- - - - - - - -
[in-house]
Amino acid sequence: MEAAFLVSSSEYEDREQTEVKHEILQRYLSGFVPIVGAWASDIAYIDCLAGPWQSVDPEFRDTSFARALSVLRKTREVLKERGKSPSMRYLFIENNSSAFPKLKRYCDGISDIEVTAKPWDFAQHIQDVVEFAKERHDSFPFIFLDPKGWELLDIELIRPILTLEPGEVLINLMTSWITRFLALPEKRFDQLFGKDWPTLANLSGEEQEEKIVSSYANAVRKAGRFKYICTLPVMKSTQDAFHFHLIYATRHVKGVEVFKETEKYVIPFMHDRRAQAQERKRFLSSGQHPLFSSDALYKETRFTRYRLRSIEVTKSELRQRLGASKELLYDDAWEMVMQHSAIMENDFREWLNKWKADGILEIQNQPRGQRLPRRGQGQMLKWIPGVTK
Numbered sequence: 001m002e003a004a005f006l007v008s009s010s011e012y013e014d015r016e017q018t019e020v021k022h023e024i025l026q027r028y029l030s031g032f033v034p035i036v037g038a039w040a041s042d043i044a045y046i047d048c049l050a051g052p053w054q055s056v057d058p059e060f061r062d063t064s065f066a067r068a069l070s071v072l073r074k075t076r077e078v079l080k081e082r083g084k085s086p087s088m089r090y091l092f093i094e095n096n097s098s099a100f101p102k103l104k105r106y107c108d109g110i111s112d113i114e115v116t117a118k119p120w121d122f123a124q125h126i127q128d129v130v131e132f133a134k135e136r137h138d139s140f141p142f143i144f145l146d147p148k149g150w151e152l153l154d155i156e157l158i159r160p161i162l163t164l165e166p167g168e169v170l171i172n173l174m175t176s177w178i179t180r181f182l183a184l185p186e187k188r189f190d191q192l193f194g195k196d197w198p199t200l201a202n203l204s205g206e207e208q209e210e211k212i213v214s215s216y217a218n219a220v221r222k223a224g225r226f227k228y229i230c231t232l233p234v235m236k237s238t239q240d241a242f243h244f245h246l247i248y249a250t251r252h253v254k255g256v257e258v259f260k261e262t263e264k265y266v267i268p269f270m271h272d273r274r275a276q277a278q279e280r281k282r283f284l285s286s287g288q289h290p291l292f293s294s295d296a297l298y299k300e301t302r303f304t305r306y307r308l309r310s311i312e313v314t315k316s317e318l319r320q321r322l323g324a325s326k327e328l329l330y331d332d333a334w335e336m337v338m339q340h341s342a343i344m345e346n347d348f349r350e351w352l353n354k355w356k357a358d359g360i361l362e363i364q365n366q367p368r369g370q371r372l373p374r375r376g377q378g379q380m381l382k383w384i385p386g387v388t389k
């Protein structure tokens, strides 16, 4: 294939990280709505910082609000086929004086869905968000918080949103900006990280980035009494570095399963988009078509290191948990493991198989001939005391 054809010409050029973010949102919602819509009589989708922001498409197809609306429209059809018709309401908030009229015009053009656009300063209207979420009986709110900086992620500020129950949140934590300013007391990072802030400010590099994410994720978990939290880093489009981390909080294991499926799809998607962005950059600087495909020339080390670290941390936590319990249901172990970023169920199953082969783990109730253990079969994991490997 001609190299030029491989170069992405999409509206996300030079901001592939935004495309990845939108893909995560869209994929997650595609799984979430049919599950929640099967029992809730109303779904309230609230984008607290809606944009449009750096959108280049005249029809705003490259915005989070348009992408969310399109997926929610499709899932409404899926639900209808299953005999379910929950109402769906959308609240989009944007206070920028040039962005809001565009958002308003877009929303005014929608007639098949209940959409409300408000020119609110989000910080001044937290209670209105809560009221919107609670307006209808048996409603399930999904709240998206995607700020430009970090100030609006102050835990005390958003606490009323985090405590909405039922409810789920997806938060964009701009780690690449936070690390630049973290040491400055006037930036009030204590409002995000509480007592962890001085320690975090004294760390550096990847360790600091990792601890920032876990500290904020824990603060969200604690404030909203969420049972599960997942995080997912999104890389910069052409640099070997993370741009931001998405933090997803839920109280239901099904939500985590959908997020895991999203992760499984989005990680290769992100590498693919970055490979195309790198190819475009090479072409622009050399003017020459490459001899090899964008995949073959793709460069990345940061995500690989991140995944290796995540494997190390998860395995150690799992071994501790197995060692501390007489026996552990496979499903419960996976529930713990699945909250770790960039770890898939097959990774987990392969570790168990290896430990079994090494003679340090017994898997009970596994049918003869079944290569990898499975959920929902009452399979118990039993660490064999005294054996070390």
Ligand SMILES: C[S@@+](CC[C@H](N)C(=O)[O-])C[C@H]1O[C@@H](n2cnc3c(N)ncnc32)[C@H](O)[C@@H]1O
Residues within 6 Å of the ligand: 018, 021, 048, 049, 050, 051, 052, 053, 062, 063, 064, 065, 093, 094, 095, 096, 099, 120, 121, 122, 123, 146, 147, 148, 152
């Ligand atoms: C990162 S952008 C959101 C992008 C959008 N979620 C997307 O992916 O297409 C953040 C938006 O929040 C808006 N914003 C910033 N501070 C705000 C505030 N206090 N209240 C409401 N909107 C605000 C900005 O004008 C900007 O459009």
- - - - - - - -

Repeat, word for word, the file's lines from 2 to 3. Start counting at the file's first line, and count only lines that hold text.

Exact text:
Amino acid sequence: MEAAFLVSSSEYEDREQTEVKHEILQRYLSGFVPIVGAWASDIAYIDCLAGPWQSVDPEFRDTSFARALSVLRKTREVLKERGKSPSMRYLFIENNSSAFPKLKRYCDGISDIEVTAKPWDFAQHIQDVVEFAKERHDSFPFIFLDPKGWELLDIELIRPILTLEPGEVLINLMTSWITRFLALPEKRFDQLFGKDWPTLANLSGEEQEEKIVSSYANAVRKAGRFKYICTLPVMKSTQDAFHFHLIYATRHVKGVEVFKETEKYVIPFMHDRRAQAQERKRFLSSGQHPLFSSDALYKETRFTRYRLRSIEVTKSELRQRLGASKELLYDDAWEMVMQHSAIMENDFREWLNKWKADGILEIQNQPRGQRLPRRGQGQMLKWIPGVTK
Numbered sequence: 001m002e003a004a005f006l007v008s009s010s011e012y013e014d015r016e017q018t019e020v021k022h023e024i025l026q027r028y029l030s031g032f033v034p035i036v037g038a039w040a041s042d043i044a045y046i047d048c049l050a051g052p053w054q055s056v057d058p059e060f061r062d063t064s065f066a067r068a069l070s071v072l073r074k075t076r077e078v079l080k081e082r083g084k085s086p087s088m089r090y091l092f093i094e095n096n097s098s099a100f101p102k103l104k105r106y107c108d109g110i111s112d113i114e115v116t117a118k119p120w121d122f123a124q125h126i127q128d129v130v131e132f133a134k135e136r137h138d139s140f141p142f143i144f145l146d147p148k149g150w151e152l153l154d155i156e157l158i159r160p161i162l163t164l165e166p167g168e169v170l171i172n173l174m175t176s177w178i179t180r181f182l183a184l185p186e187k188r189f190d191q192l193f194g195k196d197w198p199t200l201a202n203l204s205g206e207e208q209e210e211k212i213v214s215s216y217a218n219a220v221r222k223a224g225r226f227k228y229i230c231t232l233p234v235m236k237s238t239q240d241a242f243h244f245h246l247i248y249a250t251r252h253v254k255g256v257e258v259f260k261e262t263e264k265y266v267i268p269f270m271h272d273r274r275a276q277a278q279e280r281k282r283f284l285s286s287g288q289h290p291l292f293s294s295d296a297l298y299k300e301t302r303f304t305r306y307r308l309r310s311i312e313v314t315k316s317e318l319r320q321r322l323g324a325s326k327e328l329l330y331d332d333a334w335e336m337v338m339q340h341s342a343i344m345e346n347d348f349r350e351w352l353n354k355w356k357a358d359g360i361l362e363i364q365n366q367p368r369g370q371r372l373p374r375r376g377q378g379q380m381l382k383w384i385p386g387v388t389k